Handheld robot uses AI to help first responders stem bleeding
Researchers at MIT's Lincoln Laboratory have developed a handheld robot that can help minimally trained responders to control severe internal bleeding in victims of traumatic injury, by helping them insert a needle and catheter into a major blood vessel.
In emergency medicine, there is something known as the "golden hour." This is the idea that victims of traumatic injury, especially one with severe bleeding, must receive treatment within 60 minutes, sometimes as little as 10, if their chances of survival are to remain high. For this reason, responders are trained to go into action as soon as possible with some even carrying basic trauma kits on their belts that they can open with one hand.
However, some of the needed treatments, like inserting a catheter in a major blood vessel, require special training, which means the patient has to be taken to hospital. This is a real problem because severe bleeding, in some cases, must be controlled before transportation if the chances of survival are to be kept from decreasing.
The ideal solution would be to take along a trauma surgeon, but since that isn't always practical, the MIT team led by Laura Brattain and Brian Telfer from the Human Health and Performance Systems Group have come up with the Artificial Intelligence–Guided Ultrasound Intervention Device (AI-GUIDE). The technology combines robotics, machine learning algorithms, and ultrasound imaging to guide responders in installing a catheter into the femoral blood vessels.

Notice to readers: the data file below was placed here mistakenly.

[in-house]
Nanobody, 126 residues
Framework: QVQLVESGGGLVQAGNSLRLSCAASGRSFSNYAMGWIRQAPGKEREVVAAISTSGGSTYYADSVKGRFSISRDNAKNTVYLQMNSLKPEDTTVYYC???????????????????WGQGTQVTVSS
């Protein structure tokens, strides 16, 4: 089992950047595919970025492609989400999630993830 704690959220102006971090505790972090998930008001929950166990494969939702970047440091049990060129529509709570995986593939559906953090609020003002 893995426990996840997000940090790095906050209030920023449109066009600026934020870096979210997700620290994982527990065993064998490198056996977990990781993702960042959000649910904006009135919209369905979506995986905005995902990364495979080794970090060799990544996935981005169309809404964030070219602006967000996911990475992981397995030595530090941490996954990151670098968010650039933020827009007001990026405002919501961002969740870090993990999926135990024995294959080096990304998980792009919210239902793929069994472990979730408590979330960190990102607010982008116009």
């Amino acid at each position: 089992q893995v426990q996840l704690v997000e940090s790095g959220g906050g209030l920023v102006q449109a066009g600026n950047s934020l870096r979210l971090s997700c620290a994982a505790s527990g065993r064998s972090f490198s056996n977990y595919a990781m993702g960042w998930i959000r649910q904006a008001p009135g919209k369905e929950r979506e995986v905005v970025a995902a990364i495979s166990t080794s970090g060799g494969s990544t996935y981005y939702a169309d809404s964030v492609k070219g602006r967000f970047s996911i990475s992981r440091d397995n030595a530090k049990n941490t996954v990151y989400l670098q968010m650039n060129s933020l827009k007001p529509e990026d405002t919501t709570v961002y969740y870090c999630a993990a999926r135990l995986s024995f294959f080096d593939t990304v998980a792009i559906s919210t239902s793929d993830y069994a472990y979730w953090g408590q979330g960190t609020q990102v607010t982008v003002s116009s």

To operate, the responder places AI-GUIDE on the patient's thigh along the inguinal crease where the leg and abdomen meet. Using ultrasound, the device shows a simple targeting display to guide the responder to the correct location. Once on target, the responder is told to pull the trigger and a needle presses into the blood vessel. This needle is attached to a guide wire that the responder pushes in to guide the catheter, which can deliver fluids, medicines, inflatable balloons to control bleeding, or microsurgical instruments.
According to MIT, AI-GUIDE manages this through machine learning.
"Using transfer learning, we trained the algorithms on a large dataset of ultrasound scans acquired by our clinical collaborators at Massachusetts General Hospital (MGH)," said Lars Gjesteby, a member of the research team. "The images contain key landmarks of the vascular anatomy, including the common femoral artery and vein."
This system allows the responder to use the device without having to see, much less interpret, the images. Instead, they are presented with easy to understand symbols. In addition, AI-GUIDE can detect its own work and can correct for problems like a partially collapsed vein due to severe blood loss.
In tests on human tissue and blood vessel models and live sedated pigs, subjects with varying degrees of medical experience were able to successfully insert the guide wire in about a minute with only two minutes of verbal training.
"AI-GUIDE has the potential to be faster, more precise, safer, and require less training than current manual image-guided needle placement procedures," said Theodore Pierce, a radiologist and collaborator from MGH. "The modular design also permits easy adaptation to a variety of clinical scenarios beyond vascular access, including minimally invasive surgery, image-guided biopsy, and imaging-directed cancer therapy."
The research was published in Biosensors.